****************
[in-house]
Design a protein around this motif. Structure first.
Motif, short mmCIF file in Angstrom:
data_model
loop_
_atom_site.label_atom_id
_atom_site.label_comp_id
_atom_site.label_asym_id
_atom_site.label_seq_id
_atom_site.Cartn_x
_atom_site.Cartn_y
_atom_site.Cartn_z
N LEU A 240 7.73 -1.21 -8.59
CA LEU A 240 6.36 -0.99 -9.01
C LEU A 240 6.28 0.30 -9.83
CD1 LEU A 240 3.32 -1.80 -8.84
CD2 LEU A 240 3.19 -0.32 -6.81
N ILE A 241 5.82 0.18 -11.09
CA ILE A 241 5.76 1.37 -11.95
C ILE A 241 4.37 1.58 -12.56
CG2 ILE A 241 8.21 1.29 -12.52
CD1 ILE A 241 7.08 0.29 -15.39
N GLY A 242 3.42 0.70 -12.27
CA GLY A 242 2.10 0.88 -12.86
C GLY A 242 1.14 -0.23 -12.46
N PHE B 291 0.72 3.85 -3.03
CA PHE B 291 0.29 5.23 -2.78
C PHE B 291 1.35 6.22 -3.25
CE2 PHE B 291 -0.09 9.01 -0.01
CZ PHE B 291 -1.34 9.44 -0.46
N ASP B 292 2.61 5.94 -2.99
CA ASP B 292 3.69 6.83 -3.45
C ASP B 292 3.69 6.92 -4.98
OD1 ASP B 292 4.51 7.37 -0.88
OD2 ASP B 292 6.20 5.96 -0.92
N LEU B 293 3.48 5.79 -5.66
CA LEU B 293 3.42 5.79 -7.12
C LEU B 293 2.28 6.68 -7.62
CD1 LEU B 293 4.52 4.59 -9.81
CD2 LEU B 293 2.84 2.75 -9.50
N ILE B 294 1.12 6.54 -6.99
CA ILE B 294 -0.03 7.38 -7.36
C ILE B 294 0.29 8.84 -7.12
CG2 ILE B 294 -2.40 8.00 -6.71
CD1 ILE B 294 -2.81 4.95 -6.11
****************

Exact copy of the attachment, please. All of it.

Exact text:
[in-house]
Design a protein around this motif. Structure first.
Motif, short mmCIF file in Angstrom:
data_model
loop_
_atom_site.label_atom_id
_atom_site.label_comp_id
_atom_site.label_asym_id
_atom_site.label_seq_id
_atom_site.Cartn_x
_atom_site.Cartn_y
_atom_site.Cartn_z
N LEU A 240 7.73 -1.21 -8.59
CA LEU A 240 6.36 -0.99 -9.01
C LEU A 240 6.28 0.30 -9.83
CD1 LEU A 240 3.32 -1.80 -8.84
CD2 LEU A 240 3.19 -0.32 -6.81
N ILE A 241 5.82 0.18 -11.09
CA ILE A 241 5.76 1.37 -11.95
C ILE A 241 4.37 1.58 -12.56
CG2 ILE A 241 8.21 1.29 -12.52
CD1 ILE A 241 7.08 0.29 -15.39
N GLY A 242 3.42 0.70 -12.27
CA GLY A 242 2.10 0.88 -12.86
C GLY A 242 1.14 -0.23 -12.46
N PHE B 291 0.72 3.85 -3.03
CA PHE B 291 0.29 5.23 -2.78
C PHE B 291 1.35 6.22 -3.25
CE2 PHE B 291 -0.09 9.01 -0.01
CZ PHE B 291 -1.34 9.44 -0.46
N ASP B 292 2.61 5.94 -2.99
CA ASP B 292 3.69 6.83 -3.45
C ASP B 292 3.69 6.92 -4.98
OD1 ASP B 292 4.51 7.37 -0.88
OD2 ASP B 292 6.20 5.96 -0.92
N LEU B 293 3.48 5.79 -5.66
CA LEU B 293 3.42 5.79 -7.12
C LEU B 293 2.28 6.68 -7.62
CD1 LEU B 293 4.52 4.59 -9.81
CD2 LEU B 293 2.84 2.75 -9.50
N ILE B 294 1.12 6.54 -6.99
CA ILE B 294 -0.03 7.38 -7.36
C ILE B 294 0.29 8.84 -7.12
CG2 ILE B 294 -2.40 8.00 -6.71
CD1 ILE B 294 -2.81 4.95 -6.11